By William R. Davis
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A s this is a sort o f close-up sketch, for the purpose o f bringing the personality o f the author o f the quantum theory vividly before the mind o f the reader, I shall conclude with a few remarks on Planck’s per sonal standing among his colleagues. H e is undoubtedly the most popular figure in the academic world o f G er many. Indeed one may say without the slightest fear o f exaggeration that he is the beloved o f his colleagues. Professor Som m erfeld o f M unich, whose name is also renowned in the realm o f quantum physics, wrote o f Planck some time ago: “ H is doctor’s diploma (in 1879) bore the superscription Summa Cum L aude.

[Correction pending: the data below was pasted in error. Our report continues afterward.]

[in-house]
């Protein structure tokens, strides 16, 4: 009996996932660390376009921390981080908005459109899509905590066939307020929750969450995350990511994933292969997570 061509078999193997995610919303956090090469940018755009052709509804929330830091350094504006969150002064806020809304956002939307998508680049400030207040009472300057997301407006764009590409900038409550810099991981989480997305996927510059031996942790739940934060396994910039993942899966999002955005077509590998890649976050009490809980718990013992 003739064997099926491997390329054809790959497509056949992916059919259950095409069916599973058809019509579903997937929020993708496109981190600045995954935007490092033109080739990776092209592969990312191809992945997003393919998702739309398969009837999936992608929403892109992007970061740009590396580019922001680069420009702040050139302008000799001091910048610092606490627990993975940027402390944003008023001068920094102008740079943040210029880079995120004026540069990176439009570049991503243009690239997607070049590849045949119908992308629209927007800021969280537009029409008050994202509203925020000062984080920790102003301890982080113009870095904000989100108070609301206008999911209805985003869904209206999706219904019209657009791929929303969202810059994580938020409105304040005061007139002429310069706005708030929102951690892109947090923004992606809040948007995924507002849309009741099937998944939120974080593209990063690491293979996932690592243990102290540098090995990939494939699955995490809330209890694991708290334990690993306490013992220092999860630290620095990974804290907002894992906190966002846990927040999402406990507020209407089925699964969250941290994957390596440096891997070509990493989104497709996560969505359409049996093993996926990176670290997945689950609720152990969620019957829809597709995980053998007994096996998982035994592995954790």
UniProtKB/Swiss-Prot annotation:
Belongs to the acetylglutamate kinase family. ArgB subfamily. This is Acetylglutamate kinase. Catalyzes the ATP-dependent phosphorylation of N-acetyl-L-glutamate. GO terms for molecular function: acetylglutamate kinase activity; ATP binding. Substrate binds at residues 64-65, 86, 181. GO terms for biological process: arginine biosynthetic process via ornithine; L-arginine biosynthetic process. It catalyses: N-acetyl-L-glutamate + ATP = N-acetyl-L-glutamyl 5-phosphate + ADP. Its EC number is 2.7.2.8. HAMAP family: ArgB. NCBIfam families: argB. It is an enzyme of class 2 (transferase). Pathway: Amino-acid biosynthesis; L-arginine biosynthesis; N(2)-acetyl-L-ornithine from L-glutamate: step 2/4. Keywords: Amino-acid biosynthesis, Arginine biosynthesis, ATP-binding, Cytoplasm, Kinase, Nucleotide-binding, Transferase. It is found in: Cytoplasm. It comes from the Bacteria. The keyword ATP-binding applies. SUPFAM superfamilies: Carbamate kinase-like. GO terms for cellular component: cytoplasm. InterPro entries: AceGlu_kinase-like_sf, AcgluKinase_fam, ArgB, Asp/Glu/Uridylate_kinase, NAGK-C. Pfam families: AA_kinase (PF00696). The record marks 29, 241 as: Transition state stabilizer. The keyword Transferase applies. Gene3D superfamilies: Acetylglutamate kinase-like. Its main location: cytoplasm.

W hile doing this I shall take into account also the cooperative work done by scientists in other countries. And if I mention certain names, while leaving out many others quite as eminent if not more so, these names w ill be cited merely as land marks to indicate a particular stage or turning-point, without any suggestion whatsoever o f making a personal valuation o f the work done by the scientist mentioned. L et us take the year 1880 as our starting-point. A t that time four great names shone out above all others to illum inate the direction along which physical inquiry was advancing.
A nd indeed, though a scientist and a perfectly practical man o f the world and an up-to-date gentleman in manner and dress and also a sportsman, who climbed the Jungfrau to cele brate his seventy-second birthday a few years ago— still one often thinks o f him in conjunction with Beethoven, I don’t know why, and one remembers that at the beginning o f Planck’s career there was a question whether he would develop the musical side o f his genius or the scientific side. H e developed the latter. But he could not develop the one without en riching the other also, because the pursuit o f theoretical science demands as its first prerequisite the construc tive imagination o f the artist.